Very rarely does tri gear do double duty well. The Messenger Bag from Rocket Science Sports, however, does this with style. Part messenger bag and part transition bag, you won’t feel compromised using it en route to work or T2.

Whenever I see a product that claims to play two roles, I have that nagging worry that it will play neither particularly well. This isn’t the case with this bag. Rocket Science Sports has used a heavy durable material for the exterior and a lighter, quick drying material for much of the interior. Not only is it both a messenger bag and a transition bag, it moonlights as a backpack with sturdy straps that nicely tuck away when not in use.


As a transition bag, the Messenger Bag has some especially nice features aside from the expected. It has a compartment for running shoes and one for cycle shoes, a helmet net that stows away when not in use (see main photo), a snap-in wet bag, and a few smaller compartments for sunglasses, a heart rate monitor, and goggles. One noteworthy feature is the soft (red) inner lining of the closing flap on the bag (see below). When fully zipped open, this lining serves as a transition mat and a way to easily identify your spot in the transition zone. You may still want a towel if you’re putting on socks, but if your feet are going straight into your shoes, then the lining should be sufficient to dry the bottoms of your feet.

Things get a little tight when packed with two pairs of shoes, a helmet, a wetsuit, and race-day nutrition, but for a bag you can use on a daily basis, that’s saying something. The outer material is waterproof, so if it’s raining on race day, one of the flaps on the bag can easily be folded over your shoes to keep everything dry.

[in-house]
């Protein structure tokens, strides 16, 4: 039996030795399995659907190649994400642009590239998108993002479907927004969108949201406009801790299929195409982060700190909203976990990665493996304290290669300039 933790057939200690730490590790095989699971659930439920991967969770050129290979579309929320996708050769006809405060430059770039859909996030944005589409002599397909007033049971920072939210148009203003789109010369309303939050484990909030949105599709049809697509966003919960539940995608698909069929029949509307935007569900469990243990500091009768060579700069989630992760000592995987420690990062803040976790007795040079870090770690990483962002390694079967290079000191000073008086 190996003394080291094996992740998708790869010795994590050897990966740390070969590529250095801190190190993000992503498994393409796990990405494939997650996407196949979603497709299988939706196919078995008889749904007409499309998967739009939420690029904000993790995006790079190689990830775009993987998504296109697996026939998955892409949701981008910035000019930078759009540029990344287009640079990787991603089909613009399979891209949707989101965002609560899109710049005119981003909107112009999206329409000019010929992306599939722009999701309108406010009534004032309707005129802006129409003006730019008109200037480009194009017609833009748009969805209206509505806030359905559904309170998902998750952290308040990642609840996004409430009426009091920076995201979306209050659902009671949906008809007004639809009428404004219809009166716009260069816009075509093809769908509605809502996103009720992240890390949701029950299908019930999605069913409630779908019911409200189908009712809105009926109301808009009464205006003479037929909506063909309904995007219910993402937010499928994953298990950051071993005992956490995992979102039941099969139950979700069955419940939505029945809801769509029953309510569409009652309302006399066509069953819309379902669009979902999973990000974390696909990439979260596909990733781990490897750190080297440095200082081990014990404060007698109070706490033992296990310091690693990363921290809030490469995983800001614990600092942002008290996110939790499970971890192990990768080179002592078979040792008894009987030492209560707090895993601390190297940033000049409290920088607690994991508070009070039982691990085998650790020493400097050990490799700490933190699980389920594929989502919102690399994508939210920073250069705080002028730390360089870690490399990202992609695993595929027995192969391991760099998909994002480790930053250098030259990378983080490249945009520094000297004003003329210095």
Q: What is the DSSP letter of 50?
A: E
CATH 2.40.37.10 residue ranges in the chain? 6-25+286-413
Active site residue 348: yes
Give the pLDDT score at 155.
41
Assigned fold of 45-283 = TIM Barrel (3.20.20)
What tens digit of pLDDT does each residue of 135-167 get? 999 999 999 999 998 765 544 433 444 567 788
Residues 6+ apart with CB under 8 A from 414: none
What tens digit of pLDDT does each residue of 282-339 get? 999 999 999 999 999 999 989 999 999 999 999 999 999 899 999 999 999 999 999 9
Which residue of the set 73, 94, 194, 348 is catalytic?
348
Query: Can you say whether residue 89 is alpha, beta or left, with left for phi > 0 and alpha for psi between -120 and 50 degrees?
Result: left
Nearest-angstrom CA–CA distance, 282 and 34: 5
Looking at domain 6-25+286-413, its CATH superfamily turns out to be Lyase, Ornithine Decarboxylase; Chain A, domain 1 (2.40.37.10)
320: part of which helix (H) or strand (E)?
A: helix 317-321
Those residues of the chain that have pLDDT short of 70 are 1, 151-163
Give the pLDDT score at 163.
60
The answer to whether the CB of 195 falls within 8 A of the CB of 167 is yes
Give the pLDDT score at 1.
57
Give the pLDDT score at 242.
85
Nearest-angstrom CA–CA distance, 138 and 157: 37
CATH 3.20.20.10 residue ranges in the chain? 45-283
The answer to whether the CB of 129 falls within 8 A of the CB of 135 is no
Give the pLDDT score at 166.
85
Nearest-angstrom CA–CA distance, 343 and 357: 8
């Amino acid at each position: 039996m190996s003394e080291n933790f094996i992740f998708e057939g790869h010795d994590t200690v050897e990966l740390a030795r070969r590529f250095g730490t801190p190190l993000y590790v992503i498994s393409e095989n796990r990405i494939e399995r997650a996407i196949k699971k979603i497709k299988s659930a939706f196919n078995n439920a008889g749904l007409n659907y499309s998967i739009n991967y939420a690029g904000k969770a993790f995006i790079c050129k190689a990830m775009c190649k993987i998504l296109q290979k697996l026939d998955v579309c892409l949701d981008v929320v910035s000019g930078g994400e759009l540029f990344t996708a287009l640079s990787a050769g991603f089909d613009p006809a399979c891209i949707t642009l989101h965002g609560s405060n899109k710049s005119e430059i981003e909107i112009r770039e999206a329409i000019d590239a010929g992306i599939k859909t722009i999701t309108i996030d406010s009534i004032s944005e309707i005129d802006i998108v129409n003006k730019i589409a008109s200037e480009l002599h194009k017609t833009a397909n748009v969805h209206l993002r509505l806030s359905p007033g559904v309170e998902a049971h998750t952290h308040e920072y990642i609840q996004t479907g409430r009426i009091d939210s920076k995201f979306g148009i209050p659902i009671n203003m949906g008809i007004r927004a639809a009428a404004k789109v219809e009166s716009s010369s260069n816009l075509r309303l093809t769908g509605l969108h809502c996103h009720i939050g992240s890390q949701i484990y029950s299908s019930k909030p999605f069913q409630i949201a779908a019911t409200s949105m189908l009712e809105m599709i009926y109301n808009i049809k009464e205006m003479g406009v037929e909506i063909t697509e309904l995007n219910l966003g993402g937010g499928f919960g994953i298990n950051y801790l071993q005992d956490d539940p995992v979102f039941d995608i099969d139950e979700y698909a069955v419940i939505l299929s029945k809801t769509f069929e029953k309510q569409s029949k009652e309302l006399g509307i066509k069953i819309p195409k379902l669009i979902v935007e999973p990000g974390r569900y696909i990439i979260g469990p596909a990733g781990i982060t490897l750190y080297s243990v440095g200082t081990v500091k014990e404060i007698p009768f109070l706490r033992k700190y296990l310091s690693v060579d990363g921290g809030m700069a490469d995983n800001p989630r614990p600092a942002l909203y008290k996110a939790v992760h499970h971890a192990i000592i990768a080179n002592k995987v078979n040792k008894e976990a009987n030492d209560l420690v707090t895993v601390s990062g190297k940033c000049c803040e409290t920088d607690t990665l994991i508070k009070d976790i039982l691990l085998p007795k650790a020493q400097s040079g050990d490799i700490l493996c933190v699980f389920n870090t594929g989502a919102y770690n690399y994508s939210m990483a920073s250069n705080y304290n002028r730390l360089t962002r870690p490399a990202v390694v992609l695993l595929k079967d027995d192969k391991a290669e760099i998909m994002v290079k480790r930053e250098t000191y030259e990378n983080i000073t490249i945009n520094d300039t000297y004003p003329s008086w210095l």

As a messenger bag, this one isn’t for the professional bike courier, but if you cycle to work occasionally or want a versatile bag for travel, car or transit commuting, this bag will serve you well. Like many other messenger bags on the market, you can access the contents either by lifting the closing flap or through a water-resistant zipper located at the top of the bag. On the inside, the sleeves designed for your tri-shoes work equally well for keeping a laptop from sliding around. My 15” Macbook Pro with Booq sleeve has been held securely on many excursions. There is also a nice zippered pocket under the flap on the outside of the bag that has compartments for pens and a couple pockets for a wallet, passport, or USAT card. This pocket also perfectly fits an iPad or other comparable tablet sized computer. I’ve primarily used the bag in the messenger configuration, but the backpack straps are very comfortable.

In all, I’m quite pleased with the quality and versatility of this bag. While on the more expensive side, ($149), its adaptability makes it worthy of serious consideration.